Antigua and Barbuda – along with much of the Caribbean – has been warned to expect some blustery weather conditions this weekend. Strong and gusty winds were forecast to move across most of the region from yesterday, Friday, until tomorrow, Sunday. The Deputy Director of the Antigua and Barbuda Meteorological Office, Dale Destin, told OBSERVER Media that conditions will deteriorate both on land and off shore. As a result, he explained, some activities on land will become dangerous, while the seas will be very hazardous for small craft and their operators.
Referring to the high winds, Destin said “It will peak at different times and in different areas . . . some of the western Caribbean islands will see the peak winds at an earlier time, maybe a day ahead, and the southern Caribbean islands, maybe a day later.” The wave heights generated by the ramped-up winds will reach 9-12 feet, requiring small craft to remain in or near to their ports. Additionally, Destin said, “The winds are also going to be high enough to blow around loose and light objects, so those should be secured; things like patio furniture, garbage cans and the like.” The on-land perils posed by the high winds include “difficult driving or maneuvering of high-lift . . . vehicles; so caution needs to be taken when driving on a whole, but [especially] when driving vehicles like buses that during the strong winds could [pose] a challenge.”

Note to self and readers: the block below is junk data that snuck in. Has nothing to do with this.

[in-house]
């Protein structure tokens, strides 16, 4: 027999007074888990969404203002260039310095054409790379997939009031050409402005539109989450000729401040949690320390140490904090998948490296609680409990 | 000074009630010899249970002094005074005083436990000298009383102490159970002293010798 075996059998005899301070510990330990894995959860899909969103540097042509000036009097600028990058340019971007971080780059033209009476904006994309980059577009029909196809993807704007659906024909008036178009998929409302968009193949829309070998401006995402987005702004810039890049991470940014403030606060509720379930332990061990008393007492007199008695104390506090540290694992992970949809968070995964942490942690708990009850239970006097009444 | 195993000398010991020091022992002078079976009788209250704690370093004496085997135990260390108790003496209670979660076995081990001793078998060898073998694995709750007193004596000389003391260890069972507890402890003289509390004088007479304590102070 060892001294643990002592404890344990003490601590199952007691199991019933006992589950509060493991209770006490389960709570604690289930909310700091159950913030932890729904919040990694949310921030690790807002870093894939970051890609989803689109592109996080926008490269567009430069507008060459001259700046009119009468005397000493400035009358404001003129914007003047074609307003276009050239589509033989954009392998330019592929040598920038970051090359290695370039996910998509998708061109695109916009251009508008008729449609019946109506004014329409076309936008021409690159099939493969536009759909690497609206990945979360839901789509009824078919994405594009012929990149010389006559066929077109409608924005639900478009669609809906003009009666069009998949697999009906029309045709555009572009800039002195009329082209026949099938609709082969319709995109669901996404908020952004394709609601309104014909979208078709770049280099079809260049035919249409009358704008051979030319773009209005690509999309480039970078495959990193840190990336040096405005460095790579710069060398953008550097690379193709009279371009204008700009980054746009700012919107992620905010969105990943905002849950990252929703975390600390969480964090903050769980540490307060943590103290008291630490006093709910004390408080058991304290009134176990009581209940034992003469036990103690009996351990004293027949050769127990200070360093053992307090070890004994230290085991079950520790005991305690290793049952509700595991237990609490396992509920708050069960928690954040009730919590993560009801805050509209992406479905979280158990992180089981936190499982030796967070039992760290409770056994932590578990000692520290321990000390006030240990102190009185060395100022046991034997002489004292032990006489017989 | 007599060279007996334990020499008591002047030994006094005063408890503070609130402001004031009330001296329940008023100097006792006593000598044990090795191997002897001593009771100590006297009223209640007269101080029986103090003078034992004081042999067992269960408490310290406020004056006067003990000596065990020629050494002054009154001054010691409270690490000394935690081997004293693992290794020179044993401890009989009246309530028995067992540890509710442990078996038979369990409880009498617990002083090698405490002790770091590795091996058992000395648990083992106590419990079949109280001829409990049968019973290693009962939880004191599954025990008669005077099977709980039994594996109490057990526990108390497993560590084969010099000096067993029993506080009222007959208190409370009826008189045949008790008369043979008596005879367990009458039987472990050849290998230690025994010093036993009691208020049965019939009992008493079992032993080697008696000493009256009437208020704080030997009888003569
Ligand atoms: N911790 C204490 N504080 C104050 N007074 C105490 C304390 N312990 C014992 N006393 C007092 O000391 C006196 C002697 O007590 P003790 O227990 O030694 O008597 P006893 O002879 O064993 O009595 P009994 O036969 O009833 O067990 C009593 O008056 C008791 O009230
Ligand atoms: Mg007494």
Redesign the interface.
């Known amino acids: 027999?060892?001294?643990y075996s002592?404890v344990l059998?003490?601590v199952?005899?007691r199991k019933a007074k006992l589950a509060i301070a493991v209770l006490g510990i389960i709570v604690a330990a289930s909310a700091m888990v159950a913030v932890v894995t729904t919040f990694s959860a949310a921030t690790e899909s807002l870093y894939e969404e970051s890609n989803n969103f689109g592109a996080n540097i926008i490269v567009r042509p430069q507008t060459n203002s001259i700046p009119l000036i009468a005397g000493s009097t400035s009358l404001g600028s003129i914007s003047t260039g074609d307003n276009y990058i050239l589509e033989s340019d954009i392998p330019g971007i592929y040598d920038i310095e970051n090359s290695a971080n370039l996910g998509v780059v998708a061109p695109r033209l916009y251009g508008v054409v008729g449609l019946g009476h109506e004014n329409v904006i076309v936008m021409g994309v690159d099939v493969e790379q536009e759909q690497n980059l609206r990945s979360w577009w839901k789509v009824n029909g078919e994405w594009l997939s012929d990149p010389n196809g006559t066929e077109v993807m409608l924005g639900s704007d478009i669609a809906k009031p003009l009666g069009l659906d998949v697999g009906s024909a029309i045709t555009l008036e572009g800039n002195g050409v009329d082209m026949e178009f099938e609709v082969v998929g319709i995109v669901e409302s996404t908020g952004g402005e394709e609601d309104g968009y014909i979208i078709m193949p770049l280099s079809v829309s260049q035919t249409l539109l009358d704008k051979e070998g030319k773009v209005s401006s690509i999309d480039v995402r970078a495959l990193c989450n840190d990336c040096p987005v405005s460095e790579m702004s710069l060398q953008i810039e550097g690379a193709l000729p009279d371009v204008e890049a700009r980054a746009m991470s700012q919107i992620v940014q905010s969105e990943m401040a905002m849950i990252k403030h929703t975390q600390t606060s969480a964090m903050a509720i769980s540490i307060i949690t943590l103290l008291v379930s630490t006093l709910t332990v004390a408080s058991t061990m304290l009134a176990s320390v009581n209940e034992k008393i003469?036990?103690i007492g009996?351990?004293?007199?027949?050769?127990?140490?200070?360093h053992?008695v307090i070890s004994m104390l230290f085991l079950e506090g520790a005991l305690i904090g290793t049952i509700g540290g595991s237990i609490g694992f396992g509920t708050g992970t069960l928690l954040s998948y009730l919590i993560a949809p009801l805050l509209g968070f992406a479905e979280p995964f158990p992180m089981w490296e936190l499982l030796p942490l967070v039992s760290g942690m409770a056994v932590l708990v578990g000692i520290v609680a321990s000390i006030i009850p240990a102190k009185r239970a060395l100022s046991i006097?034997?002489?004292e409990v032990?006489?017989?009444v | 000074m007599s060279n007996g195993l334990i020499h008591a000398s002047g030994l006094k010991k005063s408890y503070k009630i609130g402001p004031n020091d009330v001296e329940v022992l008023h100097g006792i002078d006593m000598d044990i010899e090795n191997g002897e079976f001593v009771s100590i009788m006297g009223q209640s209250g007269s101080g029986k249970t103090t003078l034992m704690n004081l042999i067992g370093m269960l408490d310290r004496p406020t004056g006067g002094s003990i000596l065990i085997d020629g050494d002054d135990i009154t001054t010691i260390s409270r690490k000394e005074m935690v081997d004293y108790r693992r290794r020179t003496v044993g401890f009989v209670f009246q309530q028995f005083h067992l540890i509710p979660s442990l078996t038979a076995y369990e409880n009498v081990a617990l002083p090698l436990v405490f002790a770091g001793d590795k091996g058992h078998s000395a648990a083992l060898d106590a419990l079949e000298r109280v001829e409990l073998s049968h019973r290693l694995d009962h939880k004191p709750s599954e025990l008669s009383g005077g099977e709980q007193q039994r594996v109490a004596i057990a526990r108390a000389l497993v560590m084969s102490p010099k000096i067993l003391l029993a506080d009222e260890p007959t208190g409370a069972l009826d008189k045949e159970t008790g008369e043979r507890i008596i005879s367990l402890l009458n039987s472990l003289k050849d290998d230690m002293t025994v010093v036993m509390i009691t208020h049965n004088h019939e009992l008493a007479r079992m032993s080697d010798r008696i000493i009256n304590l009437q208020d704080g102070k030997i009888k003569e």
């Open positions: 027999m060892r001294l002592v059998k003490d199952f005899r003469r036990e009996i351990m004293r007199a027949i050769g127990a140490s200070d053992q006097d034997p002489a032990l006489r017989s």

When he spoke with OBSERVER on Friday, Destin noted that “Already we are seeing winds gusting to as high as 40mph across parts of Antigua and Barbuda; certainly not your garden variety winds for this time of the year outside of the hurricane season.” He stressed that the high winds are “in no way related to a tropical cyclone; no way related to a hurricane; no way related to a tropical storm; no way related to a tropical depression.”
Instead, he explained, it was caused by a sharp difference in atmospheric pressure between one area and the next, with wind generated by the air mass moving from the areas of high pressure to those of lower pressure. Some outdoor activities may need to be postponed or adjusted for the conditions, which will also bring some rain. “It will cause the lower atmosphere to become unsettled, and as a result we will see these brief and heavy passing downpours; and in those downpours we will see those wind gusts of up to 40mph.”
Persons who will be doing work at elevations, such as repairing roofs, are being cautioned to consider this “a no-no” and it would be best to postpone such tasks, as the weather conditions will render them both uncomfortable and dangerous.